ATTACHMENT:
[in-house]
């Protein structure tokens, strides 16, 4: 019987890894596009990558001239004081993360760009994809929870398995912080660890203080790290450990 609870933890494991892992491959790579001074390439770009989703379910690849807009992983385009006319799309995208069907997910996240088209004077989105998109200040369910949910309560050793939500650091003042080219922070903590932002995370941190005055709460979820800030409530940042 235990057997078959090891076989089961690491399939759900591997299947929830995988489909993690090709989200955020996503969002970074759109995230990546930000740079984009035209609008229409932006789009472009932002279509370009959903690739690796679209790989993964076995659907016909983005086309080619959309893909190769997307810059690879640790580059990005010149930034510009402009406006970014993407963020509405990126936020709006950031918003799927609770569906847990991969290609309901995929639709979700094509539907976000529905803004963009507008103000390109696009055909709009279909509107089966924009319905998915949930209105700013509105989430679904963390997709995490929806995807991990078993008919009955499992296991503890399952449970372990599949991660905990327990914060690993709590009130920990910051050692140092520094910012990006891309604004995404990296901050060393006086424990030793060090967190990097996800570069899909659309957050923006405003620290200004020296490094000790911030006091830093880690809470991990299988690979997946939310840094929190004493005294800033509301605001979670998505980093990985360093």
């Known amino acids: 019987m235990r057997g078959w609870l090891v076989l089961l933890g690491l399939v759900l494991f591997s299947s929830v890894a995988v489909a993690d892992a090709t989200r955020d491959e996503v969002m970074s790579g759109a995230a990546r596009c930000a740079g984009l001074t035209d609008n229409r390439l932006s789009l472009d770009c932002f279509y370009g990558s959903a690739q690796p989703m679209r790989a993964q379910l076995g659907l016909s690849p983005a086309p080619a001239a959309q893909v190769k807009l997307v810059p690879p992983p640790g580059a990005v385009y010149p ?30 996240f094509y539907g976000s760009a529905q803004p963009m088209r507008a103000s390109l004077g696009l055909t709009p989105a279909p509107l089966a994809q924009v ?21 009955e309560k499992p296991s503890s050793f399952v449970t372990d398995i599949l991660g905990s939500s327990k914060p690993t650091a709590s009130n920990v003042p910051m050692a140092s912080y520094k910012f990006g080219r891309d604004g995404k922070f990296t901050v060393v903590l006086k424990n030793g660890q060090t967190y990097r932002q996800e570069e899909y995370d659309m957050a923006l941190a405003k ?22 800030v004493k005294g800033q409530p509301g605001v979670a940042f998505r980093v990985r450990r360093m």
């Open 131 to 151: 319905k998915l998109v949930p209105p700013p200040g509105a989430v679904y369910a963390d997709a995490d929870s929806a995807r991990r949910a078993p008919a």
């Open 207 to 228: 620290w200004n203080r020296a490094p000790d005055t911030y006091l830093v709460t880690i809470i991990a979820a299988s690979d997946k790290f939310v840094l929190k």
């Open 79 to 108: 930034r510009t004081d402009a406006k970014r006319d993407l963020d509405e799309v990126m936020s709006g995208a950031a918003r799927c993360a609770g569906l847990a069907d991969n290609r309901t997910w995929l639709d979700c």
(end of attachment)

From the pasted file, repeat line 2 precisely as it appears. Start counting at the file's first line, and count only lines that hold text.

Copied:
């Protein structure tokens, strides 16, 4: 019987890894596009990558001239004081993360760009994809929870398995912080660890203080790290450990 609870933890494991892992491959790579001074390439770009989703379910690849807009992983385009006319799309995208069907997910996240088209004077989105998109200040369910949910309560050793939500650091003042080219922070903590932002995370941190005055709460979820800030409530940042 235990057997078959090891076989089961690491399939759900591997299947929830995988489909993690090709989200955020996503969002970074759109995230990546930000740079984009035209609008229409932006789009472009932002279509370009959903690739690796679209790989993964076995659907016909983005086309080619959309893909190769997307810059690879640790580059990005010149930034510009402009406006970014993407963020509405990126936020709006950031918003799927609770569906847990991969290609309901995929639709979700094509539907976000529905803004963009507008103000390109696009055909709009279909509107089966924009319905998915949930209105700013509105989430679904963390997709995490929806995807991990078993008919009955499992296991503890399952449970372990599949991660905990327990914060690993709590009130920990910051050692140092520094910012990006891309604004995404990296901050060393006086424990030793060090967190990097996800570069899909659309957050923006405003620290200004020296490094000790911030006091830093880690809470991990299988690979997946939310840094929190004493005294800033509301605001979670998505980093990985360093």